If your elderly loved one is about to get new hearing aids or some other listening device, you are probably looking forward to what lies ahead. Likely, you're imagining how much easier it will be to communicate with this person and how much easier their life will be now that they'll be able to hear more clearly. It's important to realize, however, that your loved one's first few weeks with hearing aids might not be all sunshine and rainbows. It can take the ears (and brain) some time to get used to hearing a lot of noise again. Your loved one will need your help in order to adapt to the new hearing aids. Here are some ways you can help.
Point out situations where it will be easy for your loved one to get used to the hearing aids.
Most doctors won't recommend that a person jump straight into wearing hearing aids all of the time. They'll likely recommend starting out by wearing them for just a few hours a day and in situations where the noise levels are low to moderate. You can help your loved one by pointing out situations, during the first few weeks with hearing aids, that would be good chances to put them on and adapt. If your loved one is watching television, suggest wearing the hearing aids. The same goes for a quiet dinner with family or a walk in the park. Also point out situations where you loved one might not want to wear hearing aids right away – like loud parties and in busy restaurants.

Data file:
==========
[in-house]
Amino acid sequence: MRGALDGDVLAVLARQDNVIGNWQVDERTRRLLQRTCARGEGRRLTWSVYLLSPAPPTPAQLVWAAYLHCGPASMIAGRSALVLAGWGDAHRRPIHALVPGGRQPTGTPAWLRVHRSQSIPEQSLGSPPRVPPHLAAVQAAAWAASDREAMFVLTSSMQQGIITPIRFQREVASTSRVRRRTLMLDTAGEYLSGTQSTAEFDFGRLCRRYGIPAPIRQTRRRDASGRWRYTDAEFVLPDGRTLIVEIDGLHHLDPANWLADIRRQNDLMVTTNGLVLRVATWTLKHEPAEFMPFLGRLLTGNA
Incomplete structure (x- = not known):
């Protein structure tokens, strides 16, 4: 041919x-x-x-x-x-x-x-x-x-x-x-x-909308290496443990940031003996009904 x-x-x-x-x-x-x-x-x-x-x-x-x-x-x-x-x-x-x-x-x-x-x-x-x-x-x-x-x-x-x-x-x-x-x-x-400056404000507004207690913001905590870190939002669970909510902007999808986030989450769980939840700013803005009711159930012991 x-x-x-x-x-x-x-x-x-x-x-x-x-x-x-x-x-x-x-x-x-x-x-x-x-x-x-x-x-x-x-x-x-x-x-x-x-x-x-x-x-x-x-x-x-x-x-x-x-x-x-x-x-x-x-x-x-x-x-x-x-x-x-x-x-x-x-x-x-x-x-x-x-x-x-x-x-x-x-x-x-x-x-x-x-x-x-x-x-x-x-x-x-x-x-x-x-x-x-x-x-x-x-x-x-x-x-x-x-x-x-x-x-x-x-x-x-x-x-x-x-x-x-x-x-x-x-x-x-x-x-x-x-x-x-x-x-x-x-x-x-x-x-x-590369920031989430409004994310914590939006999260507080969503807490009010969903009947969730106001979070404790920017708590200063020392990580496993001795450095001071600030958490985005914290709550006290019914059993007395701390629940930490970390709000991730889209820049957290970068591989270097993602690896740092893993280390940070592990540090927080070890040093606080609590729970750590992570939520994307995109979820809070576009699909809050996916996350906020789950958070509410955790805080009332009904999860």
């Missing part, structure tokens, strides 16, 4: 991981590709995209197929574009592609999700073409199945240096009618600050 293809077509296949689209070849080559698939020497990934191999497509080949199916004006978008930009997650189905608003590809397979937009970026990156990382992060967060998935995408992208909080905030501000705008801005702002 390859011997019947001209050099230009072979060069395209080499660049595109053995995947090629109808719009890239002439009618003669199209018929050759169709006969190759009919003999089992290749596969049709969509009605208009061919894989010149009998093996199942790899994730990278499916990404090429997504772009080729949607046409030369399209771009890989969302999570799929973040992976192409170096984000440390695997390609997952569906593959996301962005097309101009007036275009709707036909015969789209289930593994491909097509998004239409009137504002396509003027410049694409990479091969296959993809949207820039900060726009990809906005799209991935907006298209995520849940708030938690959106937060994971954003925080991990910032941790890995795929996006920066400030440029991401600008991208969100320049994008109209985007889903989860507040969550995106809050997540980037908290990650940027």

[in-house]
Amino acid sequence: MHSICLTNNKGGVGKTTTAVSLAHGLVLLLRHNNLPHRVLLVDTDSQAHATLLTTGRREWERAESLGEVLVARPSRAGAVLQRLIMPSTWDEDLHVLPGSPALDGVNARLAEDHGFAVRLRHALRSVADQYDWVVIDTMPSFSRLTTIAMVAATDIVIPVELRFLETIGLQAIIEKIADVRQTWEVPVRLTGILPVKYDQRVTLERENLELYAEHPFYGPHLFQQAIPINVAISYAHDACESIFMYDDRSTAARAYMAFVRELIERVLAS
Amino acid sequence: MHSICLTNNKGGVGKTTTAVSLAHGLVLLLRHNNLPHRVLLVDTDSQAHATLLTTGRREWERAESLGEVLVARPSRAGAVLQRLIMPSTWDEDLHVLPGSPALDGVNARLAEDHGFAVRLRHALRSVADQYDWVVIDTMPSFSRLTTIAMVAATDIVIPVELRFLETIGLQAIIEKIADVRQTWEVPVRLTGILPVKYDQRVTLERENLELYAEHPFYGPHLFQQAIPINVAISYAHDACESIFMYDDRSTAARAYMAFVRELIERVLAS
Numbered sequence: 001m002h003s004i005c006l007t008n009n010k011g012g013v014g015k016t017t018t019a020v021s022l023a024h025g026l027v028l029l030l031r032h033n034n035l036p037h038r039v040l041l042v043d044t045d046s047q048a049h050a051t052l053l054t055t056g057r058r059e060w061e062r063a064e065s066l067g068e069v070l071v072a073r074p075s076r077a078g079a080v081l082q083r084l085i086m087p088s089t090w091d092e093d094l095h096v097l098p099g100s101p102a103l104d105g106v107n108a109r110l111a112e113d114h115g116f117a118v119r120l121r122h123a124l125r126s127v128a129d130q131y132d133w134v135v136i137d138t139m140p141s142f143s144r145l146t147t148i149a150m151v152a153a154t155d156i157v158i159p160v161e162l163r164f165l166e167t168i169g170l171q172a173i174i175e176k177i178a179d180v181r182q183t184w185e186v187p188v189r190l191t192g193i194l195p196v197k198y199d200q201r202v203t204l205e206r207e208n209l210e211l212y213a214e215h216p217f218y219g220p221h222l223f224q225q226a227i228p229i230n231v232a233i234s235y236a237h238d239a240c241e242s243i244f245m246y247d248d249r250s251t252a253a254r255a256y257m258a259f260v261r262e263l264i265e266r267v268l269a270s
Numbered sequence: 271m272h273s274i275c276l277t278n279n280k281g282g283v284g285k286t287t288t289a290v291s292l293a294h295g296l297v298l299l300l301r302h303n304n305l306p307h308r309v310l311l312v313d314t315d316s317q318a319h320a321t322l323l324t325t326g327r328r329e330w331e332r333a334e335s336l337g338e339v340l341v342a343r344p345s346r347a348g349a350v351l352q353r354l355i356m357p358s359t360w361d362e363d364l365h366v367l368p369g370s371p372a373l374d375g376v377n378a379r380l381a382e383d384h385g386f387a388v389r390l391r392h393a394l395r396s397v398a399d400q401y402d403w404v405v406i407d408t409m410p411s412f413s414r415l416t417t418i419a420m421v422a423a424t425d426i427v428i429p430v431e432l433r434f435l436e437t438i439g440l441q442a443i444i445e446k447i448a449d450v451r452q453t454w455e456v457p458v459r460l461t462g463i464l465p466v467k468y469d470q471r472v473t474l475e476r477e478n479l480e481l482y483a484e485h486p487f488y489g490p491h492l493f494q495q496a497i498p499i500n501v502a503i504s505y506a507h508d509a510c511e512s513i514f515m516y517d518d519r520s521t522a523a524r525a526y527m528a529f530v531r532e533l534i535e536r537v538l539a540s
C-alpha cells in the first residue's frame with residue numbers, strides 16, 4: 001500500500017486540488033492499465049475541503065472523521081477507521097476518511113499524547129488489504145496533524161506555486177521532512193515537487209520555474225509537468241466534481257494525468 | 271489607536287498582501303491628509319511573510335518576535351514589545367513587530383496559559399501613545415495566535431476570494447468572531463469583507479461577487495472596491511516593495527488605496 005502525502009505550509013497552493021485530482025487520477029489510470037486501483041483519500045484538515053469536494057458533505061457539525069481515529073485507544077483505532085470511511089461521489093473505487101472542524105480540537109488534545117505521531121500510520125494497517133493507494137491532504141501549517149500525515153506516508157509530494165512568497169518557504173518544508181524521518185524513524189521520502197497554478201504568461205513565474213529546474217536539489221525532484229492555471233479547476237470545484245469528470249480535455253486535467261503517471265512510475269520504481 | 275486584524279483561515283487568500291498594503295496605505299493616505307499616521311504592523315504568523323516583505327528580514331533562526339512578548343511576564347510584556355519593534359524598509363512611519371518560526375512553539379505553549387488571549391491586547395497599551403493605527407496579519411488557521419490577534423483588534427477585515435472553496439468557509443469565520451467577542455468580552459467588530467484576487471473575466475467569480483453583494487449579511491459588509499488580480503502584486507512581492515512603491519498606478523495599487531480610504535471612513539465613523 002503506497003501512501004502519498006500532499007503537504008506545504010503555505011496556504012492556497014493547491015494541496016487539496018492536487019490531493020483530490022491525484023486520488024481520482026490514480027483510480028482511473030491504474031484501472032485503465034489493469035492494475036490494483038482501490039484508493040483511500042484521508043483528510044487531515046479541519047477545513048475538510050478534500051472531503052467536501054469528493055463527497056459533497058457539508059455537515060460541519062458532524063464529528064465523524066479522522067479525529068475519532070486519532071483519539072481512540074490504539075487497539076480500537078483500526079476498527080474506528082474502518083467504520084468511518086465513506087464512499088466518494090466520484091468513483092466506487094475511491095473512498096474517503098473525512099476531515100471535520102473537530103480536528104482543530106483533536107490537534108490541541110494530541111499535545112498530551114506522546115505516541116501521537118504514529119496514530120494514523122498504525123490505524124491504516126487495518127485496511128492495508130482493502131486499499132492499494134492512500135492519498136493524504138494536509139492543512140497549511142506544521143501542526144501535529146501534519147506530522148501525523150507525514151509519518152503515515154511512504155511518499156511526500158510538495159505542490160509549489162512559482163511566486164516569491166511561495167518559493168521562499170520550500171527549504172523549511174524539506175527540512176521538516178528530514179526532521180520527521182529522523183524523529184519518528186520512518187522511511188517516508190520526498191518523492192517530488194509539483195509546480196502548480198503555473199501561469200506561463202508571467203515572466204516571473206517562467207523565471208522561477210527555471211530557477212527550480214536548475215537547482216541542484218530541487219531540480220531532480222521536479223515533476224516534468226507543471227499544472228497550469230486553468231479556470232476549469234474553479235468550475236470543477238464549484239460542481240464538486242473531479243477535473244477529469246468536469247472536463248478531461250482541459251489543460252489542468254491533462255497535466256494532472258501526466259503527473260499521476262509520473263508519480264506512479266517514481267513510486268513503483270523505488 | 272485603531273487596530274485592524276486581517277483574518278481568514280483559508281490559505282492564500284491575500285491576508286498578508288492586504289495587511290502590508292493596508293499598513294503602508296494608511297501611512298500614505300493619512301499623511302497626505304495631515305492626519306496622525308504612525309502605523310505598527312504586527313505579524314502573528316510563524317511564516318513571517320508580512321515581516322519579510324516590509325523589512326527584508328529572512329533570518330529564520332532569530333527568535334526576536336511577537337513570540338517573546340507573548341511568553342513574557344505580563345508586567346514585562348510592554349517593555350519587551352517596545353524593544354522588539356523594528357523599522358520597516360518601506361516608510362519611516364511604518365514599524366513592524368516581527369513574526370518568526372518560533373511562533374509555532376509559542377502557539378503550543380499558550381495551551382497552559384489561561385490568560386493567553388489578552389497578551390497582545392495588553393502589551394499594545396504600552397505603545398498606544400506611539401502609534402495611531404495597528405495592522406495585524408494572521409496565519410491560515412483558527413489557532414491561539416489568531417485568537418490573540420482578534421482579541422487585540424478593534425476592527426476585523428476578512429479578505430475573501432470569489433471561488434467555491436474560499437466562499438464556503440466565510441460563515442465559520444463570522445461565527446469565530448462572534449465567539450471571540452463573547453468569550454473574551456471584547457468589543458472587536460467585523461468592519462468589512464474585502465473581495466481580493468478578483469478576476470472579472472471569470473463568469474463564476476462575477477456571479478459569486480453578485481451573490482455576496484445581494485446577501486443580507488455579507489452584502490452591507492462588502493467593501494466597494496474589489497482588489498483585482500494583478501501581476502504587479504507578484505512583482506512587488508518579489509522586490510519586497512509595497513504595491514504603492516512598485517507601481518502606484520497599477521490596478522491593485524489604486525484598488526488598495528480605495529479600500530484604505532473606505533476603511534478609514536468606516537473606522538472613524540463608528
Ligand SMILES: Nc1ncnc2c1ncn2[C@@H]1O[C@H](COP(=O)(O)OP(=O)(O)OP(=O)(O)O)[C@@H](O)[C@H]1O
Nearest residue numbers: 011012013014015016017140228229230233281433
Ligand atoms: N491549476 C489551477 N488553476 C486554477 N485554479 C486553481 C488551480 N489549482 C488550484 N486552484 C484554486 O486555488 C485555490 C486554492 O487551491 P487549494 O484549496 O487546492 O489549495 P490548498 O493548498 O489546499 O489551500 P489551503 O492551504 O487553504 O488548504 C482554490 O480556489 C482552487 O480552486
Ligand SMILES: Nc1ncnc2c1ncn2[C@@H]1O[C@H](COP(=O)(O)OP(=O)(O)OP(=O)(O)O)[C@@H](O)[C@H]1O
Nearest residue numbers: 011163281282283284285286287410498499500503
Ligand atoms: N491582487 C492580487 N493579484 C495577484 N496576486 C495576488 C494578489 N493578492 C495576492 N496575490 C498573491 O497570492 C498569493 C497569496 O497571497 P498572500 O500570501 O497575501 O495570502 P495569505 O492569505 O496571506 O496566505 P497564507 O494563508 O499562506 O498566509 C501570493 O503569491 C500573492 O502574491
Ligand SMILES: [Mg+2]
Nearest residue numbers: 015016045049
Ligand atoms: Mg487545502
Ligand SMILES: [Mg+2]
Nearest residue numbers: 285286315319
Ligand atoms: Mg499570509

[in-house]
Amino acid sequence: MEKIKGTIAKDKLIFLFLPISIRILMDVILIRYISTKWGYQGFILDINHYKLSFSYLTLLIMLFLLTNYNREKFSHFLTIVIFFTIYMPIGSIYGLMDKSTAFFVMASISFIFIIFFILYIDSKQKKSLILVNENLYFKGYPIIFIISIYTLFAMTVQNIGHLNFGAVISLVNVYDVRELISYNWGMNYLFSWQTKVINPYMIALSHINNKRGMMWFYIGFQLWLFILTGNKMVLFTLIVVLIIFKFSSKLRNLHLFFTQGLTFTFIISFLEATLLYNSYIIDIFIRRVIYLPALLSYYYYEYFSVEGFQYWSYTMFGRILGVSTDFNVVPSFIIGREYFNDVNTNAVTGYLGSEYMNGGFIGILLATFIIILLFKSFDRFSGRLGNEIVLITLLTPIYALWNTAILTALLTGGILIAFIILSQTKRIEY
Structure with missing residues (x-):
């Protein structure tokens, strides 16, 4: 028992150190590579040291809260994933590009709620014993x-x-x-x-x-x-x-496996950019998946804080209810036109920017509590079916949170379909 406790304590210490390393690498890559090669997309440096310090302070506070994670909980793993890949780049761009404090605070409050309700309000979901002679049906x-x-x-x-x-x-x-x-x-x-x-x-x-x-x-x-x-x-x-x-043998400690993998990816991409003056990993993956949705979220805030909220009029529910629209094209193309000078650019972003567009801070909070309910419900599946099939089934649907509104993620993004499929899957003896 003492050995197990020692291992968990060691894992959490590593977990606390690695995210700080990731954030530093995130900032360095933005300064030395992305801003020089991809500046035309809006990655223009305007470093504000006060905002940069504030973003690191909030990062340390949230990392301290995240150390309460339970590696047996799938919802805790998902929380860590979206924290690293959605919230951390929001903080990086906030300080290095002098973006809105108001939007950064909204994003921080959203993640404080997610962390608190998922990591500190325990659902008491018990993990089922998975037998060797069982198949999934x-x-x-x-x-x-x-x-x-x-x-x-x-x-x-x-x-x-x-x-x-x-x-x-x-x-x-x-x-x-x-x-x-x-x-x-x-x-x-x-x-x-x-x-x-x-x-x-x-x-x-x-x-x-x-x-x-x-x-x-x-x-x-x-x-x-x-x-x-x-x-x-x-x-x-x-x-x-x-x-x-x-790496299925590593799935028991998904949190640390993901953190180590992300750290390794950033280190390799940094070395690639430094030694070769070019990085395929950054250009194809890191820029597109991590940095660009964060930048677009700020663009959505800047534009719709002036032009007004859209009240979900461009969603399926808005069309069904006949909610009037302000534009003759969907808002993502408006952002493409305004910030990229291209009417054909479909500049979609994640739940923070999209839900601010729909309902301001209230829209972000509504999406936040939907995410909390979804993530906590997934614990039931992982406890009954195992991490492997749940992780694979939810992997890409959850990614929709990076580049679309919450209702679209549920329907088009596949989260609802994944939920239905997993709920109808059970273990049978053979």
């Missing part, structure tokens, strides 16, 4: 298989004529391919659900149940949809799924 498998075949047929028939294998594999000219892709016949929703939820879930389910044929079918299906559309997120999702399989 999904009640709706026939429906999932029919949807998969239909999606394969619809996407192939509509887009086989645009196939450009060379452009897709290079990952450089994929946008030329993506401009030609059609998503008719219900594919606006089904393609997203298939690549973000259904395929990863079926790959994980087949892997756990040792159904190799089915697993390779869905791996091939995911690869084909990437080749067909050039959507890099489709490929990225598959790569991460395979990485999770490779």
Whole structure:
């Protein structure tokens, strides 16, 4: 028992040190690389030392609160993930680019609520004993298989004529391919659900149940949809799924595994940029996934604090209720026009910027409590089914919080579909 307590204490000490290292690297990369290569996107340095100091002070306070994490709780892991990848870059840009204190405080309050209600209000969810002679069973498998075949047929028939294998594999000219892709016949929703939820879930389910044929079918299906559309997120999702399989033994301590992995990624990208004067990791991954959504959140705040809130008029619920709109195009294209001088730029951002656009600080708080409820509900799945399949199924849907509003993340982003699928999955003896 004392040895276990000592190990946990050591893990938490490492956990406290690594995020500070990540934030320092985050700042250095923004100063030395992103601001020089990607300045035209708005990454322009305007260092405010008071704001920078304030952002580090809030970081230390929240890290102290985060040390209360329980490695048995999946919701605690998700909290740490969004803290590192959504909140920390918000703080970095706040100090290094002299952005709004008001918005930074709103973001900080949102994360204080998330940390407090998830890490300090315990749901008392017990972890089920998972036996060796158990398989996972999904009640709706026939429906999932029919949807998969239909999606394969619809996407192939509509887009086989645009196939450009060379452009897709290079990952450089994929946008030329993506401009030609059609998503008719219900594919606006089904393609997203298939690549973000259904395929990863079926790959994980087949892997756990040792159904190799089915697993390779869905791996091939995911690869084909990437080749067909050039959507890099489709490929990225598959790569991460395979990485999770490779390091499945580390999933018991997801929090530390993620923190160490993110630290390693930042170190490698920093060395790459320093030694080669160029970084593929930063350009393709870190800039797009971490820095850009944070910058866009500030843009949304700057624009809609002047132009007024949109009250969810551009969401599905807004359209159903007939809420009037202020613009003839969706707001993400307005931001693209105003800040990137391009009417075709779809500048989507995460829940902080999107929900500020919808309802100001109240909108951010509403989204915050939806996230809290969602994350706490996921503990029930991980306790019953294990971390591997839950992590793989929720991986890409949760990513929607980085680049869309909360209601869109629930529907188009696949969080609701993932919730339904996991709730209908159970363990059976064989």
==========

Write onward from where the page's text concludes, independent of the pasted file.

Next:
Be a good listener yourself.
Older adults are not always so welcoming to the idea of getting hearing aids. If it was a struggle to persuade your loved one to get the hearing aids, you might think that now that they have them, the emotional struggle is over. It's not. Your loved one may emotionally struggle with the fact that they need the hearing aids or has to depend on them. The best thing you can do to help with this is to be a good listener yourself. Be supportive and encouraging when your loved one confides in you. Remind them that the fact that they cannot hear well does not detract from their character and that there's nothing shameful about wearing hearing aids, while still validating their feelings.
Don't be pushy if your loved one needs a "break" from the hearing aids.
When your loved one takes out the hearing aids, your first thought might be "Oh no, she is going to fight against wearing these again!" or "He'll never get used to them if he takes them out!" Try your best to avoid saying these things. If your loved one takes the hearing aids out, realize that they probably just need a break. Everyone adapts to hearing aids at a different rate. As long as your loved one is using the hearing aids sometimes, you can expect them to slowly get used to them and start using them more. If it has been a month or longer and your loved one is still hardly ever wearing the aids (if at all), then it is time to talk to the doctor.Share